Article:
Teaching Astro 101 Better

Mixed Votes

Classroom engaged in interactive learning. Image courtesy Ed Prather and Brandon Swift.

In the Fall, I’ll be teaching Introduction to Astronomy to ~350 non-science majors, the course Astronomers affectionately call Astro 101 regardless of its actual course number at our school. Lucky for me, and for many of you, there is a wealth of education research that has demonstrated which teaching techniques work best for actually improving the typical non-science major’s understanding of the Universe. Now, what’s way better than just the mere existence of the research and its results, are workshops and books that spell out these best practices for you, the instructor, to implement to maximize the your class’ learning potential.

At the 216th AAS Meeting in Miami, I attended the Center for Astronomy Education (CAE) two-day introductory Teaching Excellence Workshop. After an intense weekend, I feel like I now have the tools and knowledge to hit the ground running on my journey towards becoming an effective teacher. There was not a burning question that I could throw at the workshop facilitators without getting a thorough and well-reasoned response based not only on vast experience, but also on actual data!

Since I can’t possibly communicate in this post what I learned during a 16-hour workshop, I am instead going to try to motivate you to attend the workshop by teasing you with some of the things I learned:

  • How important it is to understand that my students have a vastly different relationship with math and science than I do,
  • What “interactive learning” means and how effective it is,
  • How to engage a large lecture hall in interactive learning (aka learner-centered) education,
  • How to effectively implement Think-Pair-Share in a large lecture hall,
  • Interactive leaning has successfully been implemented with a class size as large as 1200 students,
  • Voting cards, as illustrated in the above classroom image, are more effective than than clickers,
  • How to kick-out disruptive students from the lecture hall,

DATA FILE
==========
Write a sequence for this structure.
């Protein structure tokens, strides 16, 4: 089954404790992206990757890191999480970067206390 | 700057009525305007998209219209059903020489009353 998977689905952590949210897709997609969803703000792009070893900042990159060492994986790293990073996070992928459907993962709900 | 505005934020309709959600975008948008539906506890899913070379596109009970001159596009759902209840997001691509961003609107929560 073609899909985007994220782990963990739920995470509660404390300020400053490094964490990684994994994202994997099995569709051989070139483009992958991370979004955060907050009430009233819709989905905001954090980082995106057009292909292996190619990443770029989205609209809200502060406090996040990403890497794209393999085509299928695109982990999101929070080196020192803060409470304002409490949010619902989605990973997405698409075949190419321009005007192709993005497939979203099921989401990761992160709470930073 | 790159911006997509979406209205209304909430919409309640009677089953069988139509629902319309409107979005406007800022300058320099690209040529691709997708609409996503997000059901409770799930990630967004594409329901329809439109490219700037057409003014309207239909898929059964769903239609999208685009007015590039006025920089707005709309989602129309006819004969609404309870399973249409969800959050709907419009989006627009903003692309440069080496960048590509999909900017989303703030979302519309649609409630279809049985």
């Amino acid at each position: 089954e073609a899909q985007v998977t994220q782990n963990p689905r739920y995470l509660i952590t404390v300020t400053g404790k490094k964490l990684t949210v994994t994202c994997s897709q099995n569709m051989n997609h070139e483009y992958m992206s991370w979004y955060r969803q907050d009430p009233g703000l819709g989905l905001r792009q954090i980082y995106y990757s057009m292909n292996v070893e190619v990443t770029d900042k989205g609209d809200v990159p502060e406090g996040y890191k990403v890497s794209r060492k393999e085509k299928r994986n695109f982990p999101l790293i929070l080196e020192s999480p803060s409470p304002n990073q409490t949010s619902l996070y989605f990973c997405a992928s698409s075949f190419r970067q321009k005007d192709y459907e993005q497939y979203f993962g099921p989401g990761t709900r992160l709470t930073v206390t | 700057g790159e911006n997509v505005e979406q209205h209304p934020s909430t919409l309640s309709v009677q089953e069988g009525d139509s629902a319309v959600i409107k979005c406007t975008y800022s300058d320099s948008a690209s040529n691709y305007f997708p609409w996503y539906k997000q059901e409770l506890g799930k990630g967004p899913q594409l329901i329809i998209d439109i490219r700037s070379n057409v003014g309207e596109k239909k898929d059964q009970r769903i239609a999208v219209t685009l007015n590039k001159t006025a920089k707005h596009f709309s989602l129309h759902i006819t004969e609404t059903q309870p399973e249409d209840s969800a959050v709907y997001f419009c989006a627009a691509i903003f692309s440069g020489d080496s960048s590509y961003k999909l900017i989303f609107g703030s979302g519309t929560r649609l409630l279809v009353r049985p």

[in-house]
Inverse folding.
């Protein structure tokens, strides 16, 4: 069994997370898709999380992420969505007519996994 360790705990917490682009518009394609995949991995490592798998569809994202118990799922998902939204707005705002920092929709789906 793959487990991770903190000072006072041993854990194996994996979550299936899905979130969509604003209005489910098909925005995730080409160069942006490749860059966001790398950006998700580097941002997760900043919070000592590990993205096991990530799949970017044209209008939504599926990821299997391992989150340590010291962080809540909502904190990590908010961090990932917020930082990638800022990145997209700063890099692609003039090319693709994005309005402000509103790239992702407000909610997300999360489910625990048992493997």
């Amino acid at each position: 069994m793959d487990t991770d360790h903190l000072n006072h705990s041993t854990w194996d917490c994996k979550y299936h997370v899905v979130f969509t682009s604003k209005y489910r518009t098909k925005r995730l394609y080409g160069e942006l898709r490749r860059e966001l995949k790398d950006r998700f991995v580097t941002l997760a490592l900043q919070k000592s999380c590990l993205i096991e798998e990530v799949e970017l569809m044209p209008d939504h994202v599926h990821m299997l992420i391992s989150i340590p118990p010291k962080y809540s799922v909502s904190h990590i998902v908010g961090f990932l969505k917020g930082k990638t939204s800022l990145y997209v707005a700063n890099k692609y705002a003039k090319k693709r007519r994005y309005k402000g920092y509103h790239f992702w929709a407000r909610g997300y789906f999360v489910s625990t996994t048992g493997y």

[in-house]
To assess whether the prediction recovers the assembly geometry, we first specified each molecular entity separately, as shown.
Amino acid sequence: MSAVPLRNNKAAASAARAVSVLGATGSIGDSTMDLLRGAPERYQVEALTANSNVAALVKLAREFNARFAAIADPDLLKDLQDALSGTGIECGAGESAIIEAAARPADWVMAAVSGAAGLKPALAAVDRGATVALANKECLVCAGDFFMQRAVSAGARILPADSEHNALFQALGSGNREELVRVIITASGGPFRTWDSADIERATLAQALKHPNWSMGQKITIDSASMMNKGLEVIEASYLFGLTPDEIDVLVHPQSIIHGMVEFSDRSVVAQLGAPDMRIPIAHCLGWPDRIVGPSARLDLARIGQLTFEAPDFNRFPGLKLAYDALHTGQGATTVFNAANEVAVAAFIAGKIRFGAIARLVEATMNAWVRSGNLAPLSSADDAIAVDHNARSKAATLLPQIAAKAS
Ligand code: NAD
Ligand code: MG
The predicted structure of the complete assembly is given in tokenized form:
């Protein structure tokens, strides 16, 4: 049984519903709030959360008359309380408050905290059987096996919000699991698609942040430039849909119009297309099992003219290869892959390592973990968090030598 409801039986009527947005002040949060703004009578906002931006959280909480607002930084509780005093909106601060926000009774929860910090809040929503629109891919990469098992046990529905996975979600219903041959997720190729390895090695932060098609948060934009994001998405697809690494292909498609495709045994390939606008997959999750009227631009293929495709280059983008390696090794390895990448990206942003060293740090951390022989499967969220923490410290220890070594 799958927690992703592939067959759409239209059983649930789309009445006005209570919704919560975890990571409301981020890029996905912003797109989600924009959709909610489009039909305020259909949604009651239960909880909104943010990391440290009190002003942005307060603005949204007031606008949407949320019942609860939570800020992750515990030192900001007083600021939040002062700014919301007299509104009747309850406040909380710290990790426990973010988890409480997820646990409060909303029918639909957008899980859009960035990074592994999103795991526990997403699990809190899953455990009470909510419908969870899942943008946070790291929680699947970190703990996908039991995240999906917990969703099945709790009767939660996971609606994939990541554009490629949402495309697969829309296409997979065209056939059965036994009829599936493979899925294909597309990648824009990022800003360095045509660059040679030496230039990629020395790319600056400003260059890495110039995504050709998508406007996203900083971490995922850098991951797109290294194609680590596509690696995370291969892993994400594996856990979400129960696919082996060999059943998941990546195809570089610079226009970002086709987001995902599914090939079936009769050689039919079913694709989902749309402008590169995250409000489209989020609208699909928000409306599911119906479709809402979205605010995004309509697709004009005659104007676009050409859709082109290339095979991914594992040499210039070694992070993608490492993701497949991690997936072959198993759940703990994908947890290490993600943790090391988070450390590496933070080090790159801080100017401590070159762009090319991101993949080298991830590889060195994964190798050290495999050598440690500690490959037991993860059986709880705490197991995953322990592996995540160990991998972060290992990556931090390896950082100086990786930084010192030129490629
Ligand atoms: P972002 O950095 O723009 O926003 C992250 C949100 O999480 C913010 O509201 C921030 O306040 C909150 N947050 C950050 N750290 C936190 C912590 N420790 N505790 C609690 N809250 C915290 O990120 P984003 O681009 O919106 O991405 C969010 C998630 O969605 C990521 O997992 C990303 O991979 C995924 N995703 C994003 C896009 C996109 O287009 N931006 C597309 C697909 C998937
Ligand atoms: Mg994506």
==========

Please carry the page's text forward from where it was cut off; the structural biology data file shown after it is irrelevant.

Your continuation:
• It’s okay for my class to be rated PG-13, (In other words, it’s okay for me to curse.)
  • It’s okay to eliminate “plug and chug” arithmetic from my class.

A great complement to the workshop is this book: Learner-Centered Astronomy Teaching: Strategies for ASTRO 101. It discusses many of the leaner-centered concepts that are also covered in the workshop. While reading it on the plane back home from Miami, I found it to be an excellent reinforcement tool for everything I had just learned and I expect to be referring back to it as I prepare my course.

The bottom line is that I can’t recommend the CAE Teaching Excellence Workshops highly enough for anyone who has been entrusted with the task of teaching Astronomy to our undergraduate population! There are several Tier 1 introductory workshops coming up, including at the Seattle AAS in January. There is also a big five-day event that includes workshops, meetings, and plenary talks in Boulder in late-July called Cosmos in the Classroom.

4 comments… add one
  • Brandon Swift Jun 6, 2010 @ 15:35

    Kelle, thanks for posting about this! I’ve never actually been to one of Ed and Gina’s workshops, but having TA-ed for them for the last two spring semesters, I can’t recommend them more highly!

    I know a lot of people who might scoff at the points in the bullet list above (no one who would be reading this blog, though, right?) by not full-appreciating the meaning of each of them…but actually seeing these things happening, well-implemented, in the classroom is nothing short of AMAZING compared to a lecture-heavy class. It does take a lot of deliberate thought, discussion with experienced practitioners, and LOTS of practice to get this stuff to work right, but it is so, so worth the effort. Accuse me of drinking the kool-aid if you will, but don’t knock it until you’ve really tried it, cause the people who’ve mastered that kung fu (and even those who are just beginning to study it) have students that totally kick ass compared to students that were mostly just lectured at.

    The CAE is working on a series of short (~3-5 min) videos using examples from Ed’s classroom last spring, going over some of the things that are covered in the workshops. These obviously won’t be a substitute for the workshops, but they’ll be a great supplement for those who have, or just great in their own right. Watch http://astronomy101.jpl.nasa.gov/ for updates!

  • Brandon Swift Jun 6, 2010 @ 15:40

    (also, that photo is courtesy of me 😛 )

  • Kelle Jun 6, 2010 @ 17:28

    Caption updated.

  • Laurel Kornfeld Jun 12, 2010 @ 21:20

    I recommend you also seek insight from instructors at Swinburne University’s Astronomy Online program. Now ten years old, this online masters of science program is geared toward a wide range of people, including those with little science or math background, who are interested in pursuing degrees and possibly careers in astronomy. Many students are people coming back to school long after college–not the traditional 18-22-year-olds. The classes have students from countries around the world with widely varying science backgrounds. I’m a writer, more the verbal than math type, and decided I want to write about astronomy and possibly research KBOs, so I applied to Swinburne. It is an absolutely wonderful program. We have access to professional astronomy journals and great resources without even having to leave our homes.

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